Now, we'd like to hear what you have to say.
In the comments below, please share:
What disposable diaper alternative are you using during the COVID-19 pandemic? Has this situation caused you to choose a reusable diaper?
As always, thanks to our coach and trainee contributors and our Instagram and Facebook followers - and to you for reading along with us today!
PS - here's the video version of this episode in case you prefer to YouTube it. ;)
Disclosure Note: As an Amazon Associate, I earn a small commission from purchases made through the links on this page.
Andrea I love that you’ve so quickly put these great resources together at this time. Such great work! I’ve not had to worry about the shortages of diapers or wipes, doing EC (thanks to you) and using cloth backup with my bub. I’ve enthusiastically tried to spread the word to those worrying.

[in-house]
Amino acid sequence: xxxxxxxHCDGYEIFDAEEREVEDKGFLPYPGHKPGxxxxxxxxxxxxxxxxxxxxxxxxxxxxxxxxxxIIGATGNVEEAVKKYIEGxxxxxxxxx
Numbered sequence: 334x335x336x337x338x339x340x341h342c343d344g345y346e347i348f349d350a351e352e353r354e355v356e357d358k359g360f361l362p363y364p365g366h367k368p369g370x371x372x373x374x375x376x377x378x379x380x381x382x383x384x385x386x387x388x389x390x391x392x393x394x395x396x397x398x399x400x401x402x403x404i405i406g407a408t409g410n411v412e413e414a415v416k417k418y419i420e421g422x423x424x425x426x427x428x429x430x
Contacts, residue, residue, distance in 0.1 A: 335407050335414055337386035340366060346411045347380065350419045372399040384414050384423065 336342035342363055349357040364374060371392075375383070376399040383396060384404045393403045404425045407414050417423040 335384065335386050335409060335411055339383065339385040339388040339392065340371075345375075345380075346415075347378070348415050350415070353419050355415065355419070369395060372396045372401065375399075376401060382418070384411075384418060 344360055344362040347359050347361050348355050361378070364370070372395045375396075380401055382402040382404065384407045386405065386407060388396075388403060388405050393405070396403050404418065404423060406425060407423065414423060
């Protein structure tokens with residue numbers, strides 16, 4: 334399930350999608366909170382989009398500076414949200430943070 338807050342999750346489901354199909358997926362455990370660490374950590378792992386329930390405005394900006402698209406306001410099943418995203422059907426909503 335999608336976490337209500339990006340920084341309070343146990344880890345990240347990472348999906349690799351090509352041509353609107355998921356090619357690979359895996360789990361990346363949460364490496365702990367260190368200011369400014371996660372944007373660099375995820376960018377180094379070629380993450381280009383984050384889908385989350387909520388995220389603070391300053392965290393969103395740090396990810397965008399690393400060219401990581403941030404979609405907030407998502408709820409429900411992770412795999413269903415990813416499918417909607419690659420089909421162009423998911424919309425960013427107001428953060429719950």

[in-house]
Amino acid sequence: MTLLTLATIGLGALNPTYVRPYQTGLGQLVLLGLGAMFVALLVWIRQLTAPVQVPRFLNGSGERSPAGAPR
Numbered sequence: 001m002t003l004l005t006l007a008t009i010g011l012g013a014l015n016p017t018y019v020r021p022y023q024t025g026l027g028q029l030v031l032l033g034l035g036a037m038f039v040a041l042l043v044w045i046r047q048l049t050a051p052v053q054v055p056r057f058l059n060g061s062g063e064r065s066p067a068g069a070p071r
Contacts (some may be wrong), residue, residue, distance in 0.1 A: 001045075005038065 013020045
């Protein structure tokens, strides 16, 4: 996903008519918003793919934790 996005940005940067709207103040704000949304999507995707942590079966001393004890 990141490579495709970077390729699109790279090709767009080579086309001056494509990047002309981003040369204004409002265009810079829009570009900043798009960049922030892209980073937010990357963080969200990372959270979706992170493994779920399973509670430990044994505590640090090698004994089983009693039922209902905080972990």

I just wanted to reference number 4. under “Diaper Hacks”. Rinsing in hot water may be okay for the rare time of camping, but long term would lead to problems if the diaper was a multi layered fabric, like many use today. These super absorbent modern style need a good wash routine to effectively remove the soil and avoid a build up that easily leads to ammonia burn. Fluff Love University in the States have good resources and here in Australia I’ll link a site that has been the saving grace to cloth diaper users today. They dispelled the myths in this world with science, starting back around 2014 when I starting using them for my daughter.
One myth was about the sun’s ability and what it can and can’t do, so I’ve linked that here too;
Thanks again Andrea x
Thank you for the info Kim!! I really appreciate you sharing it with us all. xx Andrea